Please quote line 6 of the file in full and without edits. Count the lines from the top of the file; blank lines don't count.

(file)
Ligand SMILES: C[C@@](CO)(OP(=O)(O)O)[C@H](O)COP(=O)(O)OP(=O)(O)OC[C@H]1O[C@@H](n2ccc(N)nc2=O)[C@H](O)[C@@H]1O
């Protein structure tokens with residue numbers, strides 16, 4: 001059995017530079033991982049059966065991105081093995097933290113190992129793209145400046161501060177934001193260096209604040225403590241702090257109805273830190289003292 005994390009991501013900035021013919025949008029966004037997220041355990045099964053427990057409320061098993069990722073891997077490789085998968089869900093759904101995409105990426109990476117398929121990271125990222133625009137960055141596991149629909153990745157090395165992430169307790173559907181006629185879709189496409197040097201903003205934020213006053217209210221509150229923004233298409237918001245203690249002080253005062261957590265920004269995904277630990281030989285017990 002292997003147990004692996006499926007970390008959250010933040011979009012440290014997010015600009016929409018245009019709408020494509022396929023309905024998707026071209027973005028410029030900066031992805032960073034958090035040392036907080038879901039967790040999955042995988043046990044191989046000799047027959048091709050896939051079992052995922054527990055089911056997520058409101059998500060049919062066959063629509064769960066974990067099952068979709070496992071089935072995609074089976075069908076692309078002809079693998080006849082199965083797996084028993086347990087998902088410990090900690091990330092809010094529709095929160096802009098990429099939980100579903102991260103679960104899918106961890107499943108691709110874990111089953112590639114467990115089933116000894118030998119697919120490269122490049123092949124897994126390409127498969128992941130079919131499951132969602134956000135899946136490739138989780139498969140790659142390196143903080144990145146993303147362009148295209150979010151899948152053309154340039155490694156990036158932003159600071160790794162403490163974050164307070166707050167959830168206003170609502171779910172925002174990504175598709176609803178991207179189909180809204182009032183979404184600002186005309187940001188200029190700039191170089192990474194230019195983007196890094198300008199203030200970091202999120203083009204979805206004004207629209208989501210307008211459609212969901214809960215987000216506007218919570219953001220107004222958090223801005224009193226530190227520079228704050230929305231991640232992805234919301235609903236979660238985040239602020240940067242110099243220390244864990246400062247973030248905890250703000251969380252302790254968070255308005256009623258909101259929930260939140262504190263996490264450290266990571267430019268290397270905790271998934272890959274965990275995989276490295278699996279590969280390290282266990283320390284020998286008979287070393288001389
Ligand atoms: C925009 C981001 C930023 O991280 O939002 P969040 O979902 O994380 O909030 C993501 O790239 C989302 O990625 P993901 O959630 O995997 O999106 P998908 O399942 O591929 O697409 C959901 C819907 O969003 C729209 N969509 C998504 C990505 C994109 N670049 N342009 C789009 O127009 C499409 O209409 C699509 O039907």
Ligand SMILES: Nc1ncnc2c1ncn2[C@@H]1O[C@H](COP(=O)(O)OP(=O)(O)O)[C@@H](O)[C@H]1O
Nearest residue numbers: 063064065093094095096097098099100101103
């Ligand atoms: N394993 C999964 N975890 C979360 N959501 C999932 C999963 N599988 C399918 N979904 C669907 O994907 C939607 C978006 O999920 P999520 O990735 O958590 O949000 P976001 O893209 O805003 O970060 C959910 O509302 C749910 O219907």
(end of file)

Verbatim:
């Ligand atoms: N394993 C999964 N975890 C979360 N959501 C999932 C999963 N599988 C399918 N979904 C669907 O994907 C939607 C978006 O999920 P999520 O990735 O958590 O949000 P976001 O893209 O805003 O970060 C959910 O509302 C749910 O219907």